Sharks react in a variety of ways when sharksuckers attach to their bodies. Here, an unobserved behavior is described
in which a blacktip shark, Carcharhinus limbatus, uses a pectoral fin in a scoop-like manner to specifically target
the removal of a sharksucker, Echeneis naucrates, in the flank area. This coordinated use of the pectoral fin indicates an
established bout in the shark's repertoire to remove sharksuckers. The anatomical flexibility and coordination of the fin is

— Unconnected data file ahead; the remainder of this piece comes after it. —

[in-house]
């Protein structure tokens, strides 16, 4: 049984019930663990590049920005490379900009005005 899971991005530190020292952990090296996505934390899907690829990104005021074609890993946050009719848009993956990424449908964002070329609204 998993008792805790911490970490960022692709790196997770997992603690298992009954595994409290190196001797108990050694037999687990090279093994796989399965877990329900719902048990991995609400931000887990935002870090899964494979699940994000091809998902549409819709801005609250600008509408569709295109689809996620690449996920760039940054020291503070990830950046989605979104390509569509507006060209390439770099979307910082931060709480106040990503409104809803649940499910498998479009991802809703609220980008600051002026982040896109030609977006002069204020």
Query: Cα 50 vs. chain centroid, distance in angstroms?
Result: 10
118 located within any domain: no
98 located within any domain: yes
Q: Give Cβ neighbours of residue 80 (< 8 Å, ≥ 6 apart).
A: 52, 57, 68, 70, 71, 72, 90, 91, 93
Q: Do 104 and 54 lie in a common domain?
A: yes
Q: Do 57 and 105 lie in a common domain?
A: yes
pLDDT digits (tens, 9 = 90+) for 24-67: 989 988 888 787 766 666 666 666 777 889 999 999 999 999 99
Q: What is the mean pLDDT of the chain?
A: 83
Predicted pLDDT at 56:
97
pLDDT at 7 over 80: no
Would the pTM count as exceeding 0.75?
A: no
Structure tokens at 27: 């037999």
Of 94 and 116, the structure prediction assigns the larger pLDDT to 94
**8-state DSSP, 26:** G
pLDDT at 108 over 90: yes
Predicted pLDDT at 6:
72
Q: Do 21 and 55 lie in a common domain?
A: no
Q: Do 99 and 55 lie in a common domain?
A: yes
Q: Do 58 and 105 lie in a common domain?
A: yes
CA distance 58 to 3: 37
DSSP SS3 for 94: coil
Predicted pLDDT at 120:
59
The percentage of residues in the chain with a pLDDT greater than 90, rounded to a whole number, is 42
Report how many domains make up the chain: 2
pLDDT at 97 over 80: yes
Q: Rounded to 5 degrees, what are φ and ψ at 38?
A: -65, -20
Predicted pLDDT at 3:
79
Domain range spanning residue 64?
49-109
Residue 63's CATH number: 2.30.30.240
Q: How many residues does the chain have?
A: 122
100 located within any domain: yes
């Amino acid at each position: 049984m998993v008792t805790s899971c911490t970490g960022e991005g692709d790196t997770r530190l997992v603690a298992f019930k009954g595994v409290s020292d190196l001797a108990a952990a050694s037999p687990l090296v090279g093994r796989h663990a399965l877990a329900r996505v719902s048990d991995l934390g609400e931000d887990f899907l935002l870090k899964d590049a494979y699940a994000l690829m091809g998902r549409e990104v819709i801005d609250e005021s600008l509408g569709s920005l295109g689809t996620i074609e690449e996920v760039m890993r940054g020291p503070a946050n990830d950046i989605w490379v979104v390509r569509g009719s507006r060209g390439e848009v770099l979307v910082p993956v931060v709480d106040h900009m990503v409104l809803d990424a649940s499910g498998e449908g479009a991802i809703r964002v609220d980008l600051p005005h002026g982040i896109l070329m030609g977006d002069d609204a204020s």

discussed; likewise, the potential origin and commonality within other species of the same family based on the rise of
sharksuckers in the Eocene-Oligocene period. Special emphasis is placed on the value of a single observation of animal
behavior in the field.